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Addiction

As a child of the 80s, I remember hearing the “War on Drugs” campaign on television, but not really understanding what it was about or how it would impact my daily life.  I will freely admit I was a naïve kid and didn’t seek out adventure that would get me into trouble, but I do remember my mother warning my sister and I about accepting stickers (a childhood obsession) from anyone near the school, especially an adult.  I would later understand that there were stickers laced with LSD & PCP that were being given to children.  Fortunately, I never encountered any.
In Middle School, we had an assembly with a nationally known speaker (who was also a presenter at a church youth event I attended) who told horrible stories of people he knew, including members of his family, whose lives were destroyed by drugs.  I remember one in which he said a teen had just gotten high from huffing gasoline, then lit up a cigarette and burst into flames. I was terrified.  I never wanted to do drugs or …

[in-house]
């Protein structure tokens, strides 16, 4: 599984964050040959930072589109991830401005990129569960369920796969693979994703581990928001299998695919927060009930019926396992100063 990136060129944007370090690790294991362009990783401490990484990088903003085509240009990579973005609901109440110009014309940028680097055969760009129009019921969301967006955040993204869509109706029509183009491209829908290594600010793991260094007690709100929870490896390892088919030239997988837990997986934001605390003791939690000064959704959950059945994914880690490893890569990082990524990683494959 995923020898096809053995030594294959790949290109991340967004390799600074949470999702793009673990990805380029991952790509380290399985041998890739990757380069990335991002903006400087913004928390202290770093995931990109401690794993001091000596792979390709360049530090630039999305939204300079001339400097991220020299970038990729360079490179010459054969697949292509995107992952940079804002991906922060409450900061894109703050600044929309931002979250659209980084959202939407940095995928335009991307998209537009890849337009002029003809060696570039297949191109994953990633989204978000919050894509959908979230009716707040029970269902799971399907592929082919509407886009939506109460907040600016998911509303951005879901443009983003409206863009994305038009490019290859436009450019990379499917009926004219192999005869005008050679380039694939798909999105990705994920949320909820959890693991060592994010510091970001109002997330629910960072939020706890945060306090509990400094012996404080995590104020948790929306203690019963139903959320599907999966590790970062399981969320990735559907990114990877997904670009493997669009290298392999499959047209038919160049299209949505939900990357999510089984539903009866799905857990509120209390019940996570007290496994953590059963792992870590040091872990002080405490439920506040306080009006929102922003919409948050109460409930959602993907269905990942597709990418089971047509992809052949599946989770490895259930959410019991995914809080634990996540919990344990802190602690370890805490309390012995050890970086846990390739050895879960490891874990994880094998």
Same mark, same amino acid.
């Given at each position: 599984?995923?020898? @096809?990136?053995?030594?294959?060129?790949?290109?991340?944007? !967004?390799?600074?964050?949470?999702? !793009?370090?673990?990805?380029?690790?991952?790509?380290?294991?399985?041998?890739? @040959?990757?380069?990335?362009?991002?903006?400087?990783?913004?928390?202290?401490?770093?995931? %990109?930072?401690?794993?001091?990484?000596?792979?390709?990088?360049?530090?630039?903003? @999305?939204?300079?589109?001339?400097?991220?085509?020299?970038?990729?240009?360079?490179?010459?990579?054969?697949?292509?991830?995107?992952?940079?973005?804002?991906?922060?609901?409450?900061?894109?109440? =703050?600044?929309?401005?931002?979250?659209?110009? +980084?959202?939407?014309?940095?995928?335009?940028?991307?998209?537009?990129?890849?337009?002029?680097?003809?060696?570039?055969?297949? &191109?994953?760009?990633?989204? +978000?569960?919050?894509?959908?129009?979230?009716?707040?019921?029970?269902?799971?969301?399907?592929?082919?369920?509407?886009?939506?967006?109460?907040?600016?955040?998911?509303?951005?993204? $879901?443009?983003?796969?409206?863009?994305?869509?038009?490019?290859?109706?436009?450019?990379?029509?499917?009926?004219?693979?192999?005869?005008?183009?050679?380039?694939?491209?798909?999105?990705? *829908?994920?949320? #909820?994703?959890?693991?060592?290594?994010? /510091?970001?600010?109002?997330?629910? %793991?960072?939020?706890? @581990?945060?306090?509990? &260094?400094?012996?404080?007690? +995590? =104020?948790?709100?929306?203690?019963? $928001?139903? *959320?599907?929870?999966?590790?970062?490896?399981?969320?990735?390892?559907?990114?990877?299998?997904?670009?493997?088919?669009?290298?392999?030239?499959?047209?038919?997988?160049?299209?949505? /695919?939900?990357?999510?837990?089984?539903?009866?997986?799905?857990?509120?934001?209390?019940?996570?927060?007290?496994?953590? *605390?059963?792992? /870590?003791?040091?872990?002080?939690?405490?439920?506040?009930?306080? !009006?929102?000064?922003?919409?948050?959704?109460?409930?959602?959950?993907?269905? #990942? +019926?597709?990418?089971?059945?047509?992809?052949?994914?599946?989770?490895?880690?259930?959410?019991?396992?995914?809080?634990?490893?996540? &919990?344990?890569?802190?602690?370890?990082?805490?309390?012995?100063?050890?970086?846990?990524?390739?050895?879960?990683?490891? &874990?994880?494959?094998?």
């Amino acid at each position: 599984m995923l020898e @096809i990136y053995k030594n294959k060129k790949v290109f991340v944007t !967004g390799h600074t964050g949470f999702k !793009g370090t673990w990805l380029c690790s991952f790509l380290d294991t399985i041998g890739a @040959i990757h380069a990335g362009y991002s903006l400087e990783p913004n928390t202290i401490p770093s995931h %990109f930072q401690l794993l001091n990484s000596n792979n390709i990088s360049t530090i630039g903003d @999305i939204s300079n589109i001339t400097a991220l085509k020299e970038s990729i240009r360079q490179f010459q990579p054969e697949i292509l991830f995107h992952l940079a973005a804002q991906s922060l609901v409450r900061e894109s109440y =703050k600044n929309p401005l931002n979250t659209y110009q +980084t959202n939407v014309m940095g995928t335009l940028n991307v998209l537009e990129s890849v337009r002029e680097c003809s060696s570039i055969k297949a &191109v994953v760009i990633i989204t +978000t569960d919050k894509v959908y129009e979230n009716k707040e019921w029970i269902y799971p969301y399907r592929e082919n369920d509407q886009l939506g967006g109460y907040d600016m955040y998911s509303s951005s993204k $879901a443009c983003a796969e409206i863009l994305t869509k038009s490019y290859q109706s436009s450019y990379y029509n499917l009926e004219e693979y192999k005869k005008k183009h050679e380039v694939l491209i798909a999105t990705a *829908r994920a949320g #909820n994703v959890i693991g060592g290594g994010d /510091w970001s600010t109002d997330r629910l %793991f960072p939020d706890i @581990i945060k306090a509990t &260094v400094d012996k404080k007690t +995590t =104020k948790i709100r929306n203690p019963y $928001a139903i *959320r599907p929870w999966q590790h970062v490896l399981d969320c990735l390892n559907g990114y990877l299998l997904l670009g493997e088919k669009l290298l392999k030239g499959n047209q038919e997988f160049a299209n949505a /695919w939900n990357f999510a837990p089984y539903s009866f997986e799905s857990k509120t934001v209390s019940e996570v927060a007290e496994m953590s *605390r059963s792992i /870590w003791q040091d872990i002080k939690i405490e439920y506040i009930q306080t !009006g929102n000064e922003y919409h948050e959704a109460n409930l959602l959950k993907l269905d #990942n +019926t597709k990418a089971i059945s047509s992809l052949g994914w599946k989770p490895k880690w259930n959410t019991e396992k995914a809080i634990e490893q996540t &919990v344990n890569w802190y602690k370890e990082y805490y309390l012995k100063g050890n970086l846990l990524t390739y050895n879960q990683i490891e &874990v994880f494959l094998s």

Las Vegas, Blessed Francis and My Mother

I will openly admit that my heart is torn today for a couple of reasons.  On Monday, we awoke to the news of another mass shooting, this time in Las Vegas.  I’ve been trying to rationalize this irrational act, to comprehend how anyone could do such a thing. Of course that is impossible because there will never be a satisfactory answer.  And today, October 4th, is the anniversary of my mother’s birth.  She would have been 75 (she died when she was 63).  Grief overflows my cup, but I have a choice to let grief overwhelm me or move me toward joy.